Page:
The French government launched an online platform this week for reporting sexual and gender-based violence, days after tens of thousands of protesters in the country joined a global call to end violence against women.
The service will allow victims or witnesses of sexist violence to share information with authorities via their computers or mobile devices.
“From now on, a few clicks can help each woman to make a fresh start: for herself, for her family, and perhaps to avoid the worst,” Prime Minister Édouard Philippe said in a statement on Sunday, the United Nations’ International Day for the Elimination of Violence Against Women.
French President Emmanuel Macron first announced plans for the platform a year ago, as the global Me Too movement was taking off and French women began sharing their own stories of harassment with the viral hashtag #BalanceTonPorc ― meaning “squeal on your pig.”
Macron has made the fight against gender inequality and sexist violence one of the key causes of his presidency. In August, the government outlawed lewd street harassment and cracked down on sexual violence against minors. But critics have argued that the government hasn’t gone far enough to close the gender gap and protect women from violence.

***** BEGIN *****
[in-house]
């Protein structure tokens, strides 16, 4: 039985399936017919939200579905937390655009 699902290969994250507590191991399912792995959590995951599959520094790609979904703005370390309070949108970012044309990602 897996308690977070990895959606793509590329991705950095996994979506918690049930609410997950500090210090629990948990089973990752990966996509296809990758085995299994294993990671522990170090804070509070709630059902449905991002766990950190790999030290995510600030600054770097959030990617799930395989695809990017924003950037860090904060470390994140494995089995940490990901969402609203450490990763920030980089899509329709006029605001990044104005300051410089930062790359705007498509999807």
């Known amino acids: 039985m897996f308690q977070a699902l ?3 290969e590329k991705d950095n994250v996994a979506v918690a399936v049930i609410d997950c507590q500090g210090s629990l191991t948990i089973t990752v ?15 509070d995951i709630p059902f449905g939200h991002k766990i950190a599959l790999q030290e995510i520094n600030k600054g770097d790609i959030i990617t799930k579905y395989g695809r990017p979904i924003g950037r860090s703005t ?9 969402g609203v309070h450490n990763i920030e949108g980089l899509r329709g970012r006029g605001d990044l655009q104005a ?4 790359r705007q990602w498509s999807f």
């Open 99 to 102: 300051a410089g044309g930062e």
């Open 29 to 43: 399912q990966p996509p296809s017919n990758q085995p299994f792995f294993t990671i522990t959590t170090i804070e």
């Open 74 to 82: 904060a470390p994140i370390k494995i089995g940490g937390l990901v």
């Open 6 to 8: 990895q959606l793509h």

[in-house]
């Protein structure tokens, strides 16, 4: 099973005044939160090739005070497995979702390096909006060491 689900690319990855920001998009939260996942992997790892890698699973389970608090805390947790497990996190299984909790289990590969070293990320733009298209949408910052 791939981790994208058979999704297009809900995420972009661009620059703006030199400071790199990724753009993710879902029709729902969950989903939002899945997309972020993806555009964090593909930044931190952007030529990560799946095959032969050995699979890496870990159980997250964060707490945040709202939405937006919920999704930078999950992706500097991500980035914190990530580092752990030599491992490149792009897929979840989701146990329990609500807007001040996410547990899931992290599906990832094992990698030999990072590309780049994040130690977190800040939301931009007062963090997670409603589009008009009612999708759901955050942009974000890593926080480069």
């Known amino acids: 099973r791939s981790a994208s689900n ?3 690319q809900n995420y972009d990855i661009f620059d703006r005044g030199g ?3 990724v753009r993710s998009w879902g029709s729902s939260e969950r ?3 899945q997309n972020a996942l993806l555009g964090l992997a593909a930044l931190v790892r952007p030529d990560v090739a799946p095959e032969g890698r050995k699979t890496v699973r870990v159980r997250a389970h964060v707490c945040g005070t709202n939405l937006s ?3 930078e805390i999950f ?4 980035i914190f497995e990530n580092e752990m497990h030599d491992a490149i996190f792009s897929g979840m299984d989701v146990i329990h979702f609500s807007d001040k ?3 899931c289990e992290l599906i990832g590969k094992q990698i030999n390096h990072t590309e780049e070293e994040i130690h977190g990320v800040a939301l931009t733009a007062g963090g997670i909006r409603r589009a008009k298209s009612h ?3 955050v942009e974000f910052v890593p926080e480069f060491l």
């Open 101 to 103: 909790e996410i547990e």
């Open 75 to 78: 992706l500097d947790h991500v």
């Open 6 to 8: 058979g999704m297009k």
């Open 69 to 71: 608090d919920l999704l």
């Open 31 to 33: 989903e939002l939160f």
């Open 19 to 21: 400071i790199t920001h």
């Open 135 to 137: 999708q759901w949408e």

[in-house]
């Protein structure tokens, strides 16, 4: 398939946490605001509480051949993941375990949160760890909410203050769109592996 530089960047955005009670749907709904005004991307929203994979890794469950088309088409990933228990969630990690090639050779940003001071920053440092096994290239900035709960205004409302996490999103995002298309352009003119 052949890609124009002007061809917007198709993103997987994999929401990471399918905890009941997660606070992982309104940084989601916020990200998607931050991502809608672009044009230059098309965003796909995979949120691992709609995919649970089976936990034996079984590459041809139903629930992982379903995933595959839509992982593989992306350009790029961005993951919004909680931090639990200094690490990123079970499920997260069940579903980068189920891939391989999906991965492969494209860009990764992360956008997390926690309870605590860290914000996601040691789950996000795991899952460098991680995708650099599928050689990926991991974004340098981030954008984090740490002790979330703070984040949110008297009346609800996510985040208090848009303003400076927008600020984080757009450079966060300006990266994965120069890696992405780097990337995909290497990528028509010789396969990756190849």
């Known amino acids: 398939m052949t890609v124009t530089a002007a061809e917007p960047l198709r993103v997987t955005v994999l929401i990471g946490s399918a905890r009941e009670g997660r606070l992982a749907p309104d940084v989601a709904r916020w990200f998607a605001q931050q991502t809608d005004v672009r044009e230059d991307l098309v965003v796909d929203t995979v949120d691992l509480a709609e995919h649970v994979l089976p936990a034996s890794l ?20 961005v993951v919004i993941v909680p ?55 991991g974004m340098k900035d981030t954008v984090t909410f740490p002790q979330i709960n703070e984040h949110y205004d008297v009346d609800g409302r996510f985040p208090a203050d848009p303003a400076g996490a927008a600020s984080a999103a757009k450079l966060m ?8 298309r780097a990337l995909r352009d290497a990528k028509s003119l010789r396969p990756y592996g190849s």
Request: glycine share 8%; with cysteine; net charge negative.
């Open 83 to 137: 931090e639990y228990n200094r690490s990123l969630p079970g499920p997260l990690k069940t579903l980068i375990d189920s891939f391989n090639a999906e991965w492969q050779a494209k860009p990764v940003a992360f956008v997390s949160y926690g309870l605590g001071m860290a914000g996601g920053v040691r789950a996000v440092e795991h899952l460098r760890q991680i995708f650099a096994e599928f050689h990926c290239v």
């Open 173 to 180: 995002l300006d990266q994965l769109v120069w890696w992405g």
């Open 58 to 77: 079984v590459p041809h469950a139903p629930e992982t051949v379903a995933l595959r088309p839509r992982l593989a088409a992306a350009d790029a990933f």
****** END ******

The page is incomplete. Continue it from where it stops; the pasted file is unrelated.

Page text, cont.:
People took to the streets on Saturday to demand an end to “impunity for aggressors” and violence against women, HuffPost France reported. Protest organizer Caroline De Haas said it was “the biggest feminist mobilization we have ever seen in France.” Organizers estimated that 50,000 people, including 30,000 in Paris, took part in the protest. Police put the figure of marchers in Paris at 12,000.
HuffPost France published photos of men and women marching under a banner reading “Nous Toutes,” or “All Of Us,” which is France’s answer to the Me Too movement.
Marlene Schiappa, France’s gender equality minister, hailed the protest as a “great demonstration” that “must be seen and heard.”
Dozens of similar protests took place around the world last weekend to mark the U.N.’s annual day of awareness.
The U.N. Office on Drugs and Crime used the occasion to call attention to a major report on gender-related killing of women and girls. The report, released Sunday, found that domestic violence is the most common killer of women around the world. About 87,000 women were murdered around the world last year, according to the report, and more than half were killed by people they knew.
France published its own femicide statistics on Sunday: In 2016, 123 women in the country were killed by their spouses or ex-partners, for a rate of about one murder every three days.
Want to know more about what it was like to report this story? Sign up for the Her Stories newsletter here, and get a behind-the-scenes look in your inbox Saturday.